WASHINGTON — The Obama administration has decided that Medicare will pay for one of the newest, most expensive cancer medications, which costs about $178,000 for a standard course of treatment.
Patients, doctors, hospital executives and insurers have expressed concern about the high cost of prescription drugs, especially new cancer medicines and treatments tailored to the genetic characteristics of individual patients. Medicare officials recognized the cost and value of one such product, the anticancer drug Blincyto, by agreeing to make additional payments for it starting Oct. 1. The drug is made by Amgen for patients with a particularly aggressive form of leukemia.
The decision suggests a new willingness by Medicare to help pay for promising therapies that are still being evaluated. It is also significant because Medicare officials reversed themselves on every major scientific issue involved. After receiving pleas from Amgen and a dossier of scientific evidence, the officials agreed that the drug was a substantial improvement over existing treatments for some patients.
At issue are special "add-on payments" that Medicare makes to hospitals for new technology whose costs are not yet reflected in the standard lump-sum amounts that hospitals receive for treating patients with a particular disease or disorder.
In a preliminary decision in April, the Obama administration said it did not intend to pay extra for Blincyto because clinical studies were "not sufficient to demonstrate" that it substantially improved the treatment of Medicare patients with acute lymphoblastic leukemia, a cancer of the blood and bone marrow. Medicare officials said Amgen's application was based on data from "a small sample group of patients whose age demographic is much younger than the age demographic of eligible Medicare beneficiaries."
But in a final rule to be published in the Federal Register on Aug. 17, the administration says it received "additional information and input" from Amgen and other experts and now agrees with their arguments.
Blincyto "is not substantially similar" to other drugs available to leukemia patients, the administration said, and it "represents a substantial clinical improvement over existing treatment options."
Jane E. Wirth, 59, of Reno, Nev., a former preschool teacher, said her cancer was in remission after 28 days of treatment with Blincyto, also known as blinatumomab.
"It was amazing to me that it could work so well so quickly," Wirth said in an interview. "I had just spent a month going through standard chemotherapy, which did not make the cancer go away. It seemed so hopeless."
The drug, engineered from two antibodies, harnesses the body's immune system to help fight cancer. It brings certain white blood cells close to malignant cells so the blood cells can destroy the cancer cells.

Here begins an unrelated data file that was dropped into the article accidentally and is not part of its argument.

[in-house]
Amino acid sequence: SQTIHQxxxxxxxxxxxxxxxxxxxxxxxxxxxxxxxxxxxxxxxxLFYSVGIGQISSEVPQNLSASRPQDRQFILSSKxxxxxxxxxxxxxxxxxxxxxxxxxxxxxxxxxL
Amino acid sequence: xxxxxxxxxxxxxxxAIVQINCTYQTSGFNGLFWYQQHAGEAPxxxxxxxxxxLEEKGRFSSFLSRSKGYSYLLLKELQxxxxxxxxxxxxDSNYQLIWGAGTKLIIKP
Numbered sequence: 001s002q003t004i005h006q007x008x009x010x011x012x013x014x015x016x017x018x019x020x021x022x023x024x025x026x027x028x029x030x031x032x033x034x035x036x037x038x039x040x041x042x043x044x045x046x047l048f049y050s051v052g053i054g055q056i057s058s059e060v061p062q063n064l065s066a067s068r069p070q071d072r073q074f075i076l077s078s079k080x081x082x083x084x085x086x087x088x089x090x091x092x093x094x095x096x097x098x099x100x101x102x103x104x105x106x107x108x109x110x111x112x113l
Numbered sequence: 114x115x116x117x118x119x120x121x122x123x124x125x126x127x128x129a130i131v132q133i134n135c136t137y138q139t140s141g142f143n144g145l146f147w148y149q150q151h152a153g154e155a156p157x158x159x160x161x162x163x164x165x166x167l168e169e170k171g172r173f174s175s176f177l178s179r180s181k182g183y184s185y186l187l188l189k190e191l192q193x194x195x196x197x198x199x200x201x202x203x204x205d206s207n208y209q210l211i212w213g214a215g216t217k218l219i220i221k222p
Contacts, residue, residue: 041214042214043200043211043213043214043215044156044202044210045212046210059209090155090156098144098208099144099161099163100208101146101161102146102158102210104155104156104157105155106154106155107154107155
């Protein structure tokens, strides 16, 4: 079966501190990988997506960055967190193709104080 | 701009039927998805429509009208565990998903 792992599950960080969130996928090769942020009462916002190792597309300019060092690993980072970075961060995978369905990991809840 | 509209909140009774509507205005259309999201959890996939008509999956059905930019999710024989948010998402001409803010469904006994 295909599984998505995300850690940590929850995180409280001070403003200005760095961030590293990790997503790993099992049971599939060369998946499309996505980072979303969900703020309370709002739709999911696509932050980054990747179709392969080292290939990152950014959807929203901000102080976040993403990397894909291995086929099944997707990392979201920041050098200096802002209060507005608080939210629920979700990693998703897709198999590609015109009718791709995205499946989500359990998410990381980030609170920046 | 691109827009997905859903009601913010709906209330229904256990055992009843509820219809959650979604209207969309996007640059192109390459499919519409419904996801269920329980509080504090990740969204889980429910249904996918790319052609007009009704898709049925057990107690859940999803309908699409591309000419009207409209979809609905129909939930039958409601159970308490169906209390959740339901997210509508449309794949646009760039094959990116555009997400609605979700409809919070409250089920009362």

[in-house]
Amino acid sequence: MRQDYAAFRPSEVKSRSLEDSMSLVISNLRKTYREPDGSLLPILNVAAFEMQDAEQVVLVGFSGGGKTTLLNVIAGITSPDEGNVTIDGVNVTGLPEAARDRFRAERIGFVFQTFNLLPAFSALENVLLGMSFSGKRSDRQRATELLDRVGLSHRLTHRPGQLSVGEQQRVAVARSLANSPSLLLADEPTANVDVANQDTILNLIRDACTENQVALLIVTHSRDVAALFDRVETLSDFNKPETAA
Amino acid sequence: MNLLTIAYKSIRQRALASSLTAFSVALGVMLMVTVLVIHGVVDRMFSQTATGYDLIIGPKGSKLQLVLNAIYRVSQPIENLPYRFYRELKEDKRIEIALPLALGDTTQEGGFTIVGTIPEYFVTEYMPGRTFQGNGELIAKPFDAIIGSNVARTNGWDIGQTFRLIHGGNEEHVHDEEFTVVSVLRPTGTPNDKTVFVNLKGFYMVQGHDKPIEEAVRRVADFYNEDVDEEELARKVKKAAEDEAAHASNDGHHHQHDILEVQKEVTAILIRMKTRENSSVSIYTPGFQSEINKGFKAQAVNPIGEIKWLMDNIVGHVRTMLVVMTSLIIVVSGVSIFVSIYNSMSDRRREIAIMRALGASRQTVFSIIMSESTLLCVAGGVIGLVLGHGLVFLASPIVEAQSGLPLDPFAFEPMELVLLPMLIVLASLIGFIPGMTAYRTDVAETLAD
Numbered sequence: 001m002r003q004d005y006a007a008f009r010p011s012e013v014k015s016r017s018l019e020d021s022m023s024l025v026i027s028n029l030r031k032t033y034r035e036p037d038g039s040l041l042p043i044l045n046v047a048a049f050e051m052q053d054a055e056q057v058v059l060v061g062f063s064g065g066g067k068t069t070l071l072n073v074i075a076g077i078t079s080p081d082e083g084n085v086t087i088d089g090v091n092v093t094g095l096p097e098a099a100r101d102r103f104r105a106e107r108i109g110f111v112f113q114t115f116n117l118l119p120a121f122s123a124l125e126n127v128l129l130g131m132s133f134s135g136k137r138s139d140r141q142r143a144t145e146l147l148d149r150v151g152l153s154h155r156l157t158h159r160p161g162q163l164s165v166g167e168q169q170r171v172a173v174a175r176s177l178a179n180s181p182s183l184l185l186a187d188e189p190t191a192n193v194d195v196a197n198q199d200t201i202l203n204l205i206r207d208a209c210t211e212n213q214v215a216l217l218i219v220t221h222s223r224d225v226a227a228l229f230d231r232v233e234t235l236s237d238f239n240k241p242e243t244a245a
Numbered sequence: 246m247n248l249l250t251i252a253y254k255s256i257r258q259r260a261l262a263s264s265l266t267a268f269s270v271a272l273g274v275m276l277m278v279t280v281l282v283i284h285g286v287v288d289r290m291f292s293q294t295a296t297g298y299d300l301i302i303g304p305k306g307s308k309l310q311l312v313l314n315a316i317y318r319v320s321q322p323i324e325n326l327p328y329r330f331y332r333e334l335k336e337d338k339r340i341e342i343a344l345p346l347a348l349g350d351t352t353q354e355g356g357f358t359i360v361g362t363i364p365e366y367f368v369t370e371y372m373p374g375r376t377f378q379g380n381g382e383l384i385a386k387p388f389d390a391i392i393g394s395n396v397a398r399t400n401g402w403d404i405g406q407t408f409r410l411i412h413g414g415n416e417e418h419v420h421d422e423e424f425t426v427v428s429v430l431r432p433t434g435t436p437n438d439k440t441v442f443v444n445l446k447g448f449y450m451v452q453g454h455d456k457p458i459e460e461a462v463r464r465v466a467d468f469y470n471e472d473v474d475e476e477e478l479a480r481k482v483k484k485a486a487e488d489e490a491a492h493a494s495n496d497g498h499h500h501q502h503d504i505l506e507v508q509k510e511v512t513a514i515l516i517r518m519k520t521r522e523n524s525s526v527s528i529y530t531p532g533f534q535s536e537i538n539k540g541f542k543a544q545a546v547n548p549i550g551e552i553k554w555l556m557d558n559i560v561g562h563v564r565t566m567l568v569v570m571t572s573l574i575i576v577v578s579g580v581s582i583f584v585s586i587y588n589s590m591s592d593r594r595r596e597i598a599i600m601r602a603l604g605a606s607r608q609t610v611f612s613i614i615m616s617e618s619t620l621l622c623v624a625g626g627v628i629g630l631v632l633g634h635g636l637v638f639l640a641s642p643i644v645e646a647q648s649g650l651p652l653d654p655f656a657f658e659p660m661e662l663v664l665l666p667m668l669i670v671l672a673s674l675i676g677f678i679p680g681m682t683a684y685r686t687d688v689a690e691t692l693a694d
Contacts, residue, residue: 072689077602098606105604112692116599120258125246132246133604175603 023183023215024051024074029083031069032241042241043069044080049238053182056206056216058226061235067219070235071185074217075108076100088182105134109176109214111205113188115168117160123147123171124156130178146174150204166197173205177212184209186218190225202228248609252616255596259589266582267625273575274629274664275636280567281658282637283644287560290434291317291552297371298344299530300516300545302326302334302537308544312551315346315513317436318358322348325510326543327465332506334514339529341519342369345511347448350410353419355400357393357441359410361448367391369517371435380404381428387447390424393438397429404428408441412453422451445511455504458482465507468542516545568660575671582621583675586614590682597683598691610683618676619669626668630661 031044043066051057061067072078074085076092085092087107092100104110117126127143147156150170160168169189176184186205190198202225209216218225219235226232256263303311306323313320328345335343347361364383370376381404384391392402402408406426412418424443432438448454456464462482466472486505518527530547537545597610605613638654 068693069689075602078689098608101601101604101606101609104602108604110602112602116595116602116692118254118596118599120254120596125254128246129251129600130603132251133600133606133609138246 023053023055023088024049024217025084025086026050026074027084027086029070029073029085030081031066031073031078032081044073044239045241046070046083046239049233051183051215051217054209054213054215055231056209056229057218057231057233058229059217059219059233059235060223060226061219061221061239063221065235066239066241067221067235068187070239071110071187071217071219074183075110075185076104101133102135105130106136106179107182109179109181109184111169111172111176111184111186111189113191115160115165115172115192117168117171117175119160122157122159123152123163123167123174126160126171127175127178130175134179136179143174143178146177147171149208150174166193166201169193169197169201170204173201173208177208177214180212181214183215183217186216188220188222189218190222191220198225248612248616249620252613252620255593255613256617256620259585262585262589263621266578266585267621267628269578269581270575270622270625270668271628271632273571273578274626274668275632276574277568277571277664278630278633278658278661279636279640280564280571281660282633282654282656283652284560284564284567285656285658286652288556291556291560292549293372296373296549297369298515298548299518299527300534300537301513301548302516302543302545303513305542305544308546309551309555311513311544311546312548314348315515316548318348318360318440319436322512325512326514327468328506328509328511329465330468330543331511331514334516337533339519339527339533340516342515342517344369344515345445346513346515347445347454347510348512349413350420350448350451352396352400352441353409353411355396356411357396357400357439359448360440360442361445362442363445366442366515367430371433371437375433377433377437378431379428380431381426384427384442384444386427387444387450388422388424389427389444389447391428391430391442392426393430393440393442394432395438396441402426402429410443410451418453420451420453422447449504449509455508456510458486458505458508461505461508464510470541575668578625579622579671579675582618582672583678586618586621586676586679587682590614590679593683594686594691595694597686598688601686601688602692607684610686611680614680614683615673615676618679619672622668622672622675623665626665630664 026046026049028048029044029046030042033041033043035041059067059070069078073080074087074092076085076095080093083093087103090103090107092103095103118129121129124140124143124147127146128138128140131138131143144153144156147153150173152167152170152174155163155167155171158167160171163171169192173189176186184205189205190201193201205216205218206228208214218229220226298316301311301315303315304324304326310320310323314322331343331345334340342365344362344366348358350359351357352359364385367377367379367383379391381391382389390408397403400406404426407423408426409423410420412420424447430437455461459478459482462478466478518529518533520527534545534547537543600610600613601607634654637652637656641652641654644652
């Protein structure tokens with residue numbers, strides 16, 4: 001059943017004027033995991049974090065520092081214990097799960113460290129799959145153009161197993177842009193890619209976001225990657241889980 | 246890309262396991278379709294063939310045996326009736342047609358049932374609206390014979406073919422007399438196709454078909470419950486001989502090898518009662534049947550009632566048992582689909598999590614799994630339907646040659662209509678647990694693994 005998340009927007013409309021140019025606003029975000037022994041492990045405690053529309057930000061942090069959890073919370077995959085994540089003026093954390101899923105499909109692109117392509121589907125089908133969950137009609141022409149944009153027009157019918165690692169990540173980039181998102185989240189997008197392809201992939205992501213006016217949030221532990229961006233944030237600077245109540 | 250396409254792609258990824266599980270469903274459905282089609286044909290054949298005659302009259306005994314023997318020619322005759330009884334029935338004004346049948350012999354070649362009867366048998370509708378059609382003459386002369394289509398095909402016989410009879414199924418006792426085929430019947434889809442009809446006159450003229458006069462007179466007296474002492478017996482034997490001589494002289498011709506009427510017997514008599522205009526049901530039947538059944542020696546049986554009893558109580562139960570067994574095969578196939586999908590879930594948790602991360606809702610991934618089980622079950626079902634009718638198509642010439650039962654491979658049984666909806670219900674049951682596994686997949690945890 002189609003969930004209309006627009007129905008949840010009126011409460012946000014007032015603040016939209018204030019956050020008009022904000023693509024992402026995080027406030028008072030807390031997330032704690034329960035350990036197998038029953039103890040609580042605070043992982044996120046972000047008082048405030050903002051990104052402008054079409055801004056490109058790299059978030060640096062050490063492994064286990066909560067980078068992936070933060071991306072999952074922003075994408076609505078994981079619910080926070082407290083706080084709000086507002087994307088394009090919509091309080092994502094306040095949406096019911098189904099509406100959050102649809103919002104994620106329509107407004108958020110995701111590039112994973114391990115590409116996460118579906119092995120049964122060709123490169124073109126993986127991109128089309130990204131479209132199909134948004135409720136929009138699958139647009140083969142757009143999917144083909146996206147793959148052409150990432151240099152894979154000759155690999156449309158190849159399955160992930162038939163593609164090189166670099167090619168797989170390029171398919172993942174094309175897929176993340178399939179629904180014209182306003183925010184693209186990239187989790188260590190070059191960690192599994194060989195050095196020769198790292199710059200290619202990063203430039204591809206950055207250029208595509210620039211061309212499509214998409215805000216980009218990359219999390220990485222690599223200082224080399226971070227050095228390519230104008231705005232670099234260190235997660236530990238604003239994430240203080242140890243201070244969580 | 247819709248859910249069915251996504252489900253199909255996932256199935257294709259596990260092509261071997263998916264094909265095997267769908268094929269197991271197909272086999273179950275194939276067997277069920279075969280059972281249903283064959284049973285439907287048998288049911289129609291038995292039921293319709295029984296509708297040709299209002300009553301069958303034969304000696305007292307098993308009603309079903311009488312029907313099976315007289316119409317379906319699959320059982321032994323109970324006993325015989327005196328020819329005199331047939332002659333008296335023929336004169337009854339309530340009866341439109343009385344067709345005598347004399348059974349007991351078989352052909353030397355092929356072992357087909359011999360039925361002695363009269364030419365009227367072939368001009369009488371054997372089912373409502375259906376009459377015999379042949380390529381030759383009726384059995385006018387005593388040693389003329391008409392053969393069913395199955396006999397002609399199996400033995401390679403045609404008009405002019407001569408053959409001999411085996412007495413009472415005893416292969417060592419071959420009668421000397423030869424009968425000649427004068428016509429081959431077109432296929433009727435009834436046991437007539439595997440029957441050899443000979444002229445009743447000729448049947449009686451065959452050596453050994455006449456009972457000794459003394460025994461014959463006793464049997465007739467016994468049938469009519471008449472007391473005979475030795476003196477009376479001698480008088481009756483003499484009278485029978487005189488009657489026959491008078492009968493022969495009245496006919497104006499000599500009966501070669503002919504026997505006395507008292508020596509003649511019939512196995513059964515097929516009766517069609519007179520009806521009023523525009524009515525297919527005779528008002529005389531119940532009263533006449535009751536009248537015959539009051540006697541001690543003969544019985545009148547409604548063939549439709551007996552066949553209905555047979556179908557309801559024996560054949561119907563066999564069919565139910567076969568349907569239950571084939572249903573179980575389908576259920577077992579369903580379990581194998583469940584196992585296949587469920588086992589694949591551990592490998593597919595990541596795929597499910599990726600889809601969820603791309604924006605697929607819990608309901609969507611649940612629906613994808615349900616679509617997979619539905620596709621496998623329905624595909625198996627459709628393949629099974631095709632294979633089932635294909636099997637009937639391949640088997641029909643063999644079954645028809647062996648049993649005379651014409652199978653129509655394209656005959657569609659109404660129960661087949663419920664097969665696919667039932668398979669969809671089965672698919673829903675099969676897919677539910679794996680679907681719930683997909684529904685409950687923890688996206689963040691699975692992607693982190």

Dr. Anthony S. Stein, a researcher at City of Hope National Medical Center in Duarte, Calif., who has treated more than 50 patients in clinical trials of Blincyto, said, "Its mechanism of action is totally different from that of any other approved drug."
After the Food and Drug Administration approved Blincyto in December, Amgen said the price would be about $178,000 for the recommended two cycles of treatment. Medicare says it will now allow a "new technology add-on payment" to hospitals for a fraction of that amount, up to $27,000. Actual payments will vary based on the number and length of a patient's hospital stays.
A cycle of treatment begins with intravenous infusions in a hospital. Patients typically continue treatments outside the hospital — at doctor's offices, at infusion centers or at home, with the help of specially trained nurses — and Medicare will help pay for the drug at those sites, too.
The prices of new cancer drugs often exceed $100,000 a year.
Health policy experts said that President Barack Obama had personally expressed concern in recent weeks about high drug prices and their impact on consumers and federal programs. In February, he asked Congress to authorize the secretary of health and human services to negotiate with manufacturers to determine prices for high-cost medicines taken by Medicare beneficiaries.
A poll by the Kaiser Family Foundation released last month found that 94 percent of Democrats and 84 percent of Republicans support allowing the federal government to negotiate with drugmakers to get lower prices on medications for those beneficiaries.
Dr. Steven M. Safyer, president of Montefiore Medical Center in the Bronx, said the Obama administration should use its influence and leverage with drug companies to restrain costs. "There are a number of very important breakthroughs with pharmaceuticals that can make a difference between life and death, and the price is too high," he said.
More than 100 oncologists from cancer hospitals around the country recently issued a manifesto decrying the prices of new drugs.
"Effective new cancer therapies are being developed by pharmaceutical and biotechnology companies at a faster rate than ever before," they said in a commentary in the journal Mayo Clinic Proceedings. But, they added, "the current pricing system is unsustainable and not affordable for many patients."
Robert E. Zirkelbach, a spokesman for Pharmaceutical Research and Manufacturers of America, the lobby for drugmakers, said that new spending projections issued by the government in July undercut such claims.
"Even with new treatments and cures for hepatitis C, high cholesterol and cancer," Zirkelbach said, "spending on retail prescription medicines is projected to remain approximately 10 percent of U.S. health care spending through 2024, the same percentage as in 1960." In the last two decades, he added, the cancer death rate has fallen 22 percent, thanks in part to new medicines.